by Darius Kazemi, August 30 2019

In 2019 I'm reading one RFC a day in chronological order starting from the very first one. More on this project here. There is a table of contents for all my RFC posts.

A proposal from IBM

RFC-242 is titled “Data Descriptive Language for Shared Data”. It's authored by Lois Haibt and Alvin P. Mullery of IBM's Thomas J. Watson Research Center.

The technical content

This is a paper about shared data on the network, and it's in the context of the IBM experimental project Network/440, which is the topic of RFC-187.

The authors divide data representation problems into three categories:

  1. bit-level representation and encodings
  2. representation of collections of data
  3. representation of high-level structures like indexes, cross-references, and so on

IBM's developed a “descriptive language” for representing these kinds of data problems. They claim that their language simplifies programming when compared to the RAND Form Machine.

Their system not only describes data types (like floating point, string, boolean) but also groupings of data into tree-like structures, and tagging of data with arbitrary properties over arbitrary fields. So a chunk of data may have properties that overlap with other ranges of the data.


This language seems more complex than the RAND Form Machine, and is coming coming outside of the established NWG community. IBM, for being a gigantic computer and software company, hasn't attended many NWG meetings to date and I think their proposals suffer for it. While the Network Working Group is open to all, it seems like you can't just lob proposals over the wall and expect people to adopt them or even read them if you haven't first made some human connections.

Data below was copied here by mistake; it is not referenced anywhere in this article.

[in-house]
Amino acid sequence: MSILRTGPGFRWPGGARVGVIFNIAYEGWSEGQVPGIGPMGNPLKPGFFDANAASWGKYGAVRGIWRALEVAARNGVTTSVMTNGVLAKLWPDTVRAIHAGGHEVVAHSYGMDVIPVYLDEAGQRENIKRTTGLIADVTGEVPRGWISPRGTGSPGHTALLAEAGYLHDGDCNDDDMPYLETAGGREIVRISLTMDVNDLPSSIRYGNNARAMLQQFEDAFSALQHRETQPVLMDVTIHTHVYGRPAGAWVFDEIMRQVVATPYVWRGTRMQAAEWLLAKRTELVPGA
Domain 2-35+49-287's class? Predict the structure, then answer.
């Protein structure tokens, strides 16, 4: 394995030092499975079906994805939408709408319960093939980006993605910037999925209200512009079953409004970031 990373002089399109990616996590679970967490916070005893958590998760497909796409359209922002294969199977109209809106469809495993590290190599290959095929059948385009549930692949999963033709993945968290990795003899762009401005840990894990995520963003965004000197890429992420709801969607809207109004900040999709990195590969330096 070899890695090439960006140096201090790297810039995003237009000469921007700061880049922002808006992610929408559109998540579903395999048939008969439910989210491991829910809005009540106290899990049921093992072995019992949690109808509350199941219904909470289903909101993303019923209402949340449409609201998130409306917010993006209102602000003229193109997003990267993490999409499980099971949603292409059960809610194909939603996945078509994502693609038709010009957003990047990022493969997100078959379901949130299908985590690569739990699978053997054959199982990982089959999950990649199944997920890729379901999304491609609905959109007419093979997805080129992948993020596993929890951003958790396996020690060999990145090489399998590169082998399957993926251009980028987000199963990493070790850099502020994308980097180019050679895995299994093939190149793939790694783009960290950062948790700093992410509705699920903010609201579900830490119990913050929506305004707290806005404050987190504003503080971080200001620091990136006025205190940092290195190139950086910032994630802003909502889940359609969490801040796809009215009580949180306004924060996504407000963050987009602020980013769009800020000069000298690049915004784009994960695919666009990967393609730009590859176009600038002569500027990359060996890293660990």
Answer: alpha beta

Looking forward in the record, this RFC doesn't seem to make much impact on the NWG community.

Further reading

Lois Haibt began working at IBM in 1955 and was the only woman on the FORTRAN team at IBM in the 1970s. There is a brief biography and a very long interview with her at the Engineering and Technology History Wiki.

I couldn't find much on Alvin Mullery, but I liked this note he wrote to his alumni magazine at Brown University chastising them for calling the 1970s the “prehistoric” age of computing.

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About me

I'm Darius Kazemi. I'm an independent technologist and artist. I do a lot of work on the decentralized web with ActivityPub, including a Node.js reference implementation, an RSS-to-ActivityPub converter, and a fork of Mastodon, called Hometown. You can support my work via my Patreon.